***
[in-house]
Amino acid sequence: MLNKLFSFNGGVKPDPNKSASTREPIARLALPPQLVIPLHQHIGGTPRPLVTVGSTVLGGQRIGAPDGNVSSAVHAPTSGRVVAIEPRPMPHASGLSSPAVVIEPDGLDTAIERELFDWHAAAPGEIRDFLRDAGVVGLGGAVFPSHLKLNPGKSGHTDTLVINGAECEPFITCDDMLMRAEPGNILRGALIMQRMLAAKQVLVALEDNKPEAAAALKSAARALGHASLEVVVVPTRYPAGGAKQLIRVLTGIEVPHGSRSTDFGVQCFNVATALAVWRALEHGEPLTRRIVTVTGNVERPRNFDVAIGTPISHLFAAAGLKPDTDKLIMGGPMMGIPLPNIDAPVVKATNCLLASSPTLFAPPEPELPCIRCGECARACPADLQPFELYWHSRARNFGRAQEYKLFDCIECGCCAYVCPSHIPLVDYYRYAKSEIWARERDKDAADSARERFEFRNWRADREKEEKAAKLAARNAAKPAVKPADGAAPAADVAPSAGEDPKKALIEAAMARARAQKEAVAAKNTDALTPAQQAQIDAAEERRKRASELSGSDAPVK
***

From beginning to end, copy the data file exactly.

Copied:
[in-house]
Amino acid sequence: MLNKLFSFNGGVKPDPNKSASTREPIARLALPPQLVIPLHQHIGGTPRPLVTVGSTVLGGQRIGAPDGNVSSAVHAPTSGRVVAIEPRPMPHASGLSSPAVVIEPDGLDTAIERELFDWHAAAPGEIRDFLRDAGVVGLGGAVFPSHLKLNPGKSGHTDTLVINGAECEPFITCDDMLMRAEPGNILRGALIMQRMLAAKQVLVALEDNKPEAAAALKSAARALGHASLEVVVVPTRYPAGGAKQLIRVLTGIEVPHGSRSTDFGVQCFNVATALAVWRALEHGEPLTRRIVTVTGNVERPRNFDVAIGTPISHLFAAAGLKPDTDKLIMGGPMMGIPLPNIDAPVVKATNCLLASSPTLFAPPEPELPCIRCGECARACPADLQPFELYWHSRARNFGRAQEYKLFDCIECGCCAYVCPSHIPLVDYYRYAKSEIWARERDKDAADSARERFEFRNWRADREKEEKAAKLAARNAAKPAVKPADGAAPAADVAPSAGEDPKKALIEAAMARARAQKEAVAAKNTDALTPAQQAQIDAAEERRKRASELSGSDAPVK